Jockstrip: The world as we know it

By ALEX CUKAN, United Press International  |  Nov. 19, 2003 at 7:00 AM
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A woman who carried a Burberry umbrella and bag was turned away from a Scottish pub because bouncers thought she was tied to a football gang.

The distinctive Burberry plaid has become fashionable not only with business people and journalists but with Scottish thugs. Many Aberdeen bars refuse entry to those wearing them.

The woman tells the Glasgow Daily Record, "It's absolutely ridiculous and I think they took things too far. There was no way I would have caused any problems in the pub."

Pub manager Maureen Lethorn says, "We have had a number of incidents where people were wearing Burberry, it's not a general ban but we don't want rowdies so we judge each case as it comes along."


In an effort to meet their customer's needs, many hotels are fast to jump on the latest technical gizmos for their guests.

Many of the amenities, however, are too complicated for guests to master during a one-night stay.

While the bathtub shower control in most homes has an easy-to-maneuver hot and cold handle, invariably a hotel shower will have an impossible-to-calibrate joy stick resembling those in fighter jet cockpits, the New York Times reports.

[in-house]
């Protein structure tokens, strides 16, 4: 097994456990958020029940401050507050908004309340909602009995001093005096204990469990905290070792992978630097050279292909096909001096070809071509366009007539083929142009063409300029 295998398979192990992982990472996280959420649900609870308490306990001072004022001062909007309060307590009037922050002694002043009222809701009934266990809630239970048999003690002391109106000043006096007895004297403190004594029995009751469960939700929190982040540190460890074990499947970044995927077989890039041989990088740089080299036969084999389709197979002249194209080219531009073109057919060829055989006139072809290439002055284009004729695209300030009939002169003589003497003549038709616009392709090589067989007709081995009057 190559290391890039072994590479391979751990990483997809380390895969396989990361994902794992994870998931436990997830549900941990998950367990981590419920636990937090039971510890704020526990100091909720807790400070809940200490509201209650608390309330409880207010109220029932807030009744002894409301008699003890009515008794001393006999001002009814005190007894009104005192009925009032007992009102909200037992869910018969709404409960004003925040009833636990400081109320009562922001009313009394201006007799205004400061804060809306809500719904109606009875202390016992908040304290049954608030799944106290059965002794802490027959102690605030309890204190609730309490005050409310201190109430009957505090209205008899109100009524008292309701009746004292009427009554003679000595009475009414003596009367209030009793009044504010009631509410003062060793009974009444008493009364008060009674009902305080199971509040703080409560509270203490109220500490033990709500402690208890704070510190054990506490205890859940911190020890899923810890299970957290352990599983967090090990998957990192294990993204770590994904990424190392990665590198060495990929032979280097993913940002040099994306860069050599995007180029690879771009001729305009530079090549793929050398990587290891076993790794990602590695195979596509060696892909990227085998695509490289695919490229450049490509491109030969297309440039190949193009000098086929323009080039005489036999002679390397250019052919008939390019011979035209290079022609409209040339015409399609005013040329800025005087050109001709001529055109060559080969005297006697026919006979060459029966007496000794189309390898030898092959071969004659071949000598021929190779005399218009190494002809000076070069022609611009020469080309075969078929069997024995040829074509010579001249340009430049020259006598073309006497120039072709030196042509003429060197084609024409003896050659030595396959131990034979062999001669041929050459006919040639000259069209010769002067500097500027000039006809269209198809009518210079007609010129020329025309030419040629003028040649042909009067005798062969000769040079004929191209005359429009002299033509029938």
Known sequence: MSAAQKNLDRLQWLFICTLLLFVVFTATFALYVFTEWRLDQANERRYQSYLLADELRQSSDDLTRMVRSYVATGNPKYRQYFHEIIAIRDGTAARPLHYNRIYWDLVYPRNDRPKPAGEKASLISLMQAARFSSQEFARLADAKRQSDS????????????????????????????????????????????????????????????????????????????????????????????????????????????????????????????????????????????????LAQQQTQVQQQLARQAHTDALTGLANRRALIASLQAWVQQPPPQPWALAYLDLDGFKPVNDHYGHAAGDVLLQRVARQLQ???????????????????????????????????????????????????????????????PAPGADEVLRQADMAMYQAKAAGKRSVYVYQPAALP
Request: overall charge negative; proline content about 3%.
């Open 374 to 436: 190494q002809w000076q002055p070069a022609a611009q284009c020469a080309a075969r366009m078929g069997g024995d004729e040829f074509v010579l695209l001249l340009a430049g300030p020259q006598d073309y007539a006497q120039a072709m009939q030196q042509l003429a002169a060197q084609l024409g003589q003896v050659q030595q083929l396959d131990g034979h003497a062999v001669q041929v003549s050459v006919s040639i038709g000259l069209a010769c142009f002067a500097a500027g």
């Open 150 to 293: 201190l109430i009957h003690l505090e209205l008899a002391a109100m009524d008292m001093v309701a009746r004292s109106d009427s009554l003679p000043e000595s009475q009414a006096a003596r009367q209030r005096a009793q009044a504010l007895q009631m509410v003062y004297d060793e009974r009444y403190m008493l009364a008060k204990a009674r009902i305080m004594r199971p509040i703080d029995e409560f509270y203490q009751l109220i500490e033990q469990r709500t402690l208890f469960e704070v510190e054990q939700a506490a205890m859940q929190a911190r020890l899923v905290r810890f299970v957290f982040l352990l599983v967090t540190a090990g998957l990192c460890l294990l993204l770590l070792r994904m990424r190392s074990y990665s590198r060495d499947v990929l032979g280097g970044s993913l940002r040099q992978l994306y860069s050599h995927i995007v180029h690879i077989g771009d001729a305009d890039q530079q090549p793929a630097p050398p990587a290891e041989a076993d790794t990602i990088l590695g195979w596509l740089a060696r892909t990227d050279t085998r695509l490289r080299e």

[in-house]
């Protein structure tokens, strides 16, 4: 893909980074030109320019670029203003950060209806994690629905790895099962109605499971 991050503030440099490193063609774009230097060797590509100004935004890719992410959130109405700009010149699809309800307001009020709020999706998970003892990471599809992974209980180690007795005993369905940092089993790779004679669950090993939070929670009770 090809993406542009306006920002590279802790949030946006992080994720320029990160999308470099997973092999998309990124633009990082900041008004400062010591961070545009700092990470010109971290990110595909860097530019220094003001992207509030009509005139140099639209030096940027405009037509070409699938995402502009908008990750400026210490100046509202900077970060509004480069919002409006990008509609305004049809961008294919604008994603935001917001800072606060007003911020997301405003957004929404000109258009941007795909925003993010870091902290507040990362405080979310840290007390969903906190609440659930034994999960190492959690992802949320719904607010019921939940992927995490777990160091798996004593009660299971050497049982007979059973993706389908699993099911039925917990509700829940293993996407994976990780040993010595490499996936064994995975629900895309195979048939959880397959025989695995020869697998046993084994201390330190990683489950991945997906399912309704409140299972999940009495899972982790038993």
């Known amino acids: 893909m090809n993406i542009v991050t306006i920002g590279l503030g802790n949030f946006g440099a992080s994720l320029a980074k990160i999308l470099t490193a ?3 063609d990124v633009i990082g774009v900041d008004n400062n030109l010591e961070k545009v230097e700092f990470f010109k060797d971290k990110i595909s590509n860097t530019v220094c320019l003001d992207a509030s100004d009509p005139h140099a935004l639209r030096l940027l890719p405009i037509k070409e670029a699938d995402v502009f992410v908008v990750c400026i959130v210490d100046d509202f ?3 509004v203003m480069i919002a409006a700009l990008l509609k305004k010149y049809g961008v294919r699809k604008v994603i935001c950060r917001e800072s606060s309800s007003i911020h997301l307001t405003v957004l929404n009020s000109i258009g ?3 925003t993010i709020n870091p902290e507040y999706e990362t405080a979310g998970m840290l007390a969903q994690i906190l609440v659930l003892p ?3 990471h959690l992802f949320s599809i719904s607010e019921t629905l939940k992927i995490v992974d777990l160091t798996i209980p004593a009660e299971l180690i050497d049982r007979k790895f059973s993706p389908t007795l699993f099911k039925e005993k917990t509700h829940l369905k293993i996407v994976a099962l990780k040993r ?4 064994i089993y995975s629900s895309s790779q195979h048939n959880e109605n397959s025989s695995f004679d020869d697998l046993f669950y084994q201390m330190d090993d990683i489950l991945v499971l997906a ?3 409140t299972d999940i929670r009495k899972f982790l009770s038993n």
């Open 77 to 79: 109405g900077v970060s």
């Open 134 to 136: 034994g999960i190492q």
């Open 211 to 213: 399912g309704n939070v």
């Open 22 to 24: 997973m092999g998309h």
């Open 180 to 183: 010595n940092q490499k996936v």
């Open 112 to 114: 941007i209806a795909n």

Hotels are filled with impossible-to-understand remote controls for television, DVDs and clock radios that most fear they cannot program correctly and will "miss the big meeting in the morning," as a result.


Ted Allen, nationally known food expert and taste guru, has turned into a cottage industry after he became one of the Fab Five on Bravo's hit "Queer Eye for the Straight Guy."

Allen's represented by the William Morris Agency, where a manager boasts Allen's new TV fame is worth "millions," reports the Chicago Tribune.

In addition to the cable program and appearances tied to it, Allen has two book deals, one for a style how-to with the Fab Five due out in February and one on his own to create a food book for 2005.


Hypnobirthing involves giving birth while in a relaxed state of hypnosis -- something gaining in popularity.

Dr. Lorne Campbell of Wyoming County Community Health Center says eliminating the fear that has come to be associated with natural childbirth is the most important step, reports WGRZ-TV in Buffalo, N.Y.

He says when a mother is afraid, certain chemicals are released in the body that inhibit blood flow to the uterus, creating tension in the muscles -- and pain.

The American Medical Association has not endorsed hypnobirthing, but it does endorse the use of hypnosis and any birthing method that helps the mother have a positive experience.

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